In recent months, there has been media attention directed on the “ills” of recycling in the U.S. in both the solid waste industry press as well as national reports published in mainstream publications as Fortune, Wall Street Journal, and the Washington Post. Their common theme is that recycling has stalled and the situation is dire.

But is it really?

Industry executives have opined that prices for recyclable materials have fallen so far that it’s oftentimes not economical to process recyclables and pay revenues to local communities. For those of us urging more recycling as a way of promoting sustainability, the question is: can community recycling programs survive?

Lighter packaging, dwindling demand for newsprint, and lower commodity prices have allowed some to argue that it is no longer profitable for industry to continue to provide recycling services without local governments subsidizing the cost of processing and marketing recyclables. So should we sound the death knell for recycling in the U.S.?

No. The solution is to confront the myths being painted on the state of recycling:

  1. Recycling is not going away – it is now mainstream in most areas of the country, and is an essential public service like police, fire, and street lighting, and cannot be turned off and on with the cycles and swings of the recycling market.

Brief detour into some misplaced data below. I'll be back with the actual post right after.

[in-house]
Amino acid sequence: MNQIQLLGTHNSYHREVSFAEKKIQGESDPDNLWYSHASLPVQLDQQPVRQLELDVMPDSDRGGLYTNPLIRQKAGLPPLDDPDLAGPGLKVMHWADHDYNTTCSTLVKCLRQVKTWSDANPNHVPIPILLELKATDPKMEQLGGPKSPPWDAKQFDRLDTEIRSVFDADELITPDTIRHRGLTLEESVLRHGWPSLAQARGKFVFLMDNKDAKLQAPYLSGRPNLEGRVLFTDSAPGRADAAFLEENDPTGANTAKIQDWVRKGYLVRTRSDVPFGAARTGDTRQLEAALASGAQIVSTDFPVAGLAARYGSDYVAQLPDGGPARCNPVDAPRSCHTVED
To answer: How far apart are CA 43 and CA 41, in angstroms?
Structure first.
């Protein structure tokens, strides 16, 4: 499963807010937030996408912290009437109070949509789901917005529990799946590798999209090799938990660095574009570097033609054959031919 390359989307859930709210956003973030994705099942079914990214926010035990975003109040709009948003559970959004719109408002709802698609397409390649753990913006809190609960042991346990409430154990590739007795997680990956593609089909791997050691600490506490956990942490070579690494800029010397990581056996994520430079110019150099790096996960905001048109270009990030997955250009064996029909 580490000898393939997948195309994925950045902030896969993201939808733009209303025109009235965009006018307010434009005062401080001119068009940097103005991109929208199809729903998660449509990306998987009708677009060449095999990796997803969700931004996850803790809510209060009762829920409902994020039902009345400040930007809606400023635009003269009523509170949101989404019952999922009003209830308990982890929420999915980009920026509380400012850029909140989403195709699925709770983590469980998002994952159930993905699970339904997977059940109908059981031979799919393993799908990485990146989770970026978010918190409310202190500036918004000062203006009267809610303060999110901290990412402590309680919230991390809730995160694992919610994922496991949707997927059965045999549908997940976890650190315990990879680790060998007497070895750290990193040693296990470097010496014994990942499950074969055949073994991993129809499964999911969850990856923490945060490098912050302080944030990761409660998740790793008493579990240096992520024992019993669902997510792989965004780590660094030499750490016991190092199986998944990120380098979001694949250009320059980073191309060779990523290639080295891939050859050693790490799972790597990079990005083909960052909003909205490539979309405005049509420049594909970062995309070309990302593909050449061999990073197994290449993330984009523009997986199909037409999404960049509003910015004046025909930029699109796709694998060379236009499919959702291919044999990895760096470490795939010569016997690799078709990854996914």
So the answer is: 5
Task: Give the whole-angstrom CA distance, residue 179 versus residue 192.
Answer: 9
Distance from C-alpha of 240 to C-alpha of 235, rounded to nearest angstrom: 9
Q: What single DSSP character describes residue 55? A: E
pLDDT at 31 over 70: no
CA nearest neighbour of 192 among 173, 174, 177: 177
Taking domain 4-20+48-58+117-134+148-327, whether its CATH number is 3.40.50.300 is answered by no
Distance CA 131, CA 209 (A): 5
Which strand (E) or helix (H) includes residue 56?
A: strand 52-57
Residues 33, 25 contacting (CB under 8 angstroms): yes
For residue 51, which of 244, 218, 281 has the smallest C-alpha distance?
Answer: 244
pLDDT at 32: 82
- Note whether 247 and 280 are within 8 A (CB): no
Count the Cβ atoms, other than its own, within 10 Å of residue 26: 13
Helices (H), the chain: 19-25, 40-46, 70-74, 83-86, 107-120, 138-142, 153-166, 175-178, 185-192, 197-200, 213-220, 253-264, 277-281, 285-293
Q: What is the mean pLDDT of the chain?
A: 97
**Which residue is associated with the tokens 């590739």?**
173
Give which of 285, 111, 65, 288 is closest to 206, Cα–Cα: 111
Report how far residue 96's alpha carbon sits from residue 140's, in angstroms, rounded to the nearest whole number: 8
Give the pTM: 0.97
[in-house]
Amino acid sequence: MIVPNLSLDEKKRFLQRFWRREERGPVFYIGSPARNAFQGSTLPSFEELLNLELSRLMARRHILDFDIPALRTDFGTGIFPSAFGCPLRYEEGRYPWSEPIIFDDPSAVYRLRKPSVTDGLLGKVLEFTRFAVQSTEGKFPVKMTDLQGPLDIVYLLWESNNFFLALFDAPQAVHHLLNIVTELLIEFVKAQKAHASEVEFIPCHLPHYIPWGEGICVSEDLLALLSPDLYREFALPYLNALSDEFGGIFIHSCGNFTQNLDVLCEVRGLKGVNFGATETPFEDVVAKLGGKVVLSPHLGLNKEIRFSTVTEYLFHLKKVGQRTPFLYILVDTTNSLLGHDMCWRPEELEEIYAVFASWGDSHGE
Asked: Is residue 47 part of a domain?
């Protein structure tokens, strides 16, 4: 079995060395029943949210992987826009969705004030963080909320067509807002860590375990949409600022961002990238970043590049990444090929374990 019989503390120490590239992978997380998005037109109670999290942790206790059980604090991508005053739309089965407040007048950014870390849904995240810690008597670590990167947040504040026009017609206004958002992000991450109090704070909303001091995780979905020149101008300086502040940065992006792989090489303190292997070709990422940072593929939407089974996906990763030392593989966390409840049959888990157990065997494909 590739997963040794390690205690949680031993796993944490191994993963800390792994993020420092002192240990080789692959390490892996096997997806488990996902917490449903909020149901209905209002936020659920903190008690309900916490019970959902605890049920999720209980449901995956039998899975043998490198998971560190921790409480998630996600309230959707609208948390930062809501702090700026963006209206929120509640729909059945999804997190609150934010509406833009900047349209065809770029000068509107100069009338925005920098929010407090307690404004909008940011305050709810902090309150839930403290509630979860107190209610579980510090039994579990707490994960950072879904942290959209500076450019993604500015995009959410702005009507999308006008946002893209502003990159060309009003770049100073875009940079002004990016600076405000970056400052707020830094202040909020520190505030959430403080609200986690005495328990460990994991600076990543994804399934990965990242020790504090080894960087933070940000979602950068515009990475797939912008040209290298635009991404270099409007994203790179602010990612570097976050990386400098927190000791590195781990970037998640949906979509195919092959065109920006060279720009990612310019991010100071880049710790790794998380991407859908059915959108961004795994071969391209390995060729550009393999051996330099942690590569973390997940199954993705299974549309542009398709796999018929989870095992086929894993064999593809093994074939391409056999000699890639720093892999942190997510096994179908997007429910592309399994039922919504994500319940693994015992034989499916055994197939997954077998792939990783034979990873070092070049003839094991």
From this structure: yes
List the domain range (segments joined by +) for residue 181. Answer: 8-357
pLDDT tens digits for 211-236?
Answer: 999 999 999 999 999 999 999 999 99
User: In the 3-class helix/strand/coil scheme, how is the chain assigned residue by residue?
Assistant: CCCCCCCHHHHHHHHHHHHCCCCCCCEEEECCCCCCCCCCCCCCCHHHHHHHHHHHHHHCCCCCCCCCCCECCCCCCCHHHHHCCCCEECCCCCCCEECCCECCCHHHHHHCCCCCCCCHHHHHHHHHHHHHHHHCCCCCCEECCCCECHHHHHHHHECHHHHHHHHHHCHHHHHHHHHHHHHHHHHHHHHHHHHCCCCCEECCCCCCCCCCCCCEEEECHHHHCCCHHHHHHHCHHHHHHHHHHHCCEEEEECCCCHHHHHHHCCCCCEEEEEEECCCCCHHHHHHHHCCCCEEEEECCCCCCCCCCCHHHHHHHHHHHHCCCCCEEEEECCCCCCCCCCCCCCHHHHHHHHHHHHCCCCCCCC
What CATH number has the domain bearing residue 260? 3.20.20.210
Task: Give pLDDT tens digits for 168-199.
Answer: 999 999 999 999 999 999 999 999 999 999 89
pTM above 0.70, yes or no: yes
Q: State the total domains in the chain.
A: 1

2. Recycling often is not profitable in many years. Financial systems need to be developed to handle these economic realities through establishing “Rainy Day Funds” or Rate Stabilization Funds to continue to fund community programs when recycling markets are down.
  3. Recycling should not be considered a free service. It takes money to send out the recycling truck. Perhaps more of the costs of recycling should be shifted to extended producer responsibility where some of the costs of recycling are included into the initial prices of the products themselves.
  4. Change the “when in doubt, recycle it” philosophy. Consider bans of materials from recycling programs such as glass, plastic bags and polystyrene. These contribute to contamination problems and poorer commodity prices.
  5. Recycling continues to be a challenge no different than when the first drop off facility and curbside program was developed. The Chinese “Green Fence” and lower commodity prices, light weights, and contamination stress the success of these programs.
  6. It starts in the bin or cart. Communities need to continuously invest in recycling education. It is not a one-time thing. We all need to do a better job in educating our customers what materials can be recycled and what materials should be deposited in the garbage cart or disposed in special waste collection.
  7. Recycling markets need to be developed in the United States. We have become so dependent on markets in Asia. We need to consider national legislation requiring a certain amount of recycled contents to be used in new products.
  8. Make processing contracts equitable for all parties. Follow the guidance released by the Solid Waste Association of North America (SWANA) and the National Waste and Recycling Association (NWRA) to develop mutually beneficial relationships that are cost-effective and produce high-quality service.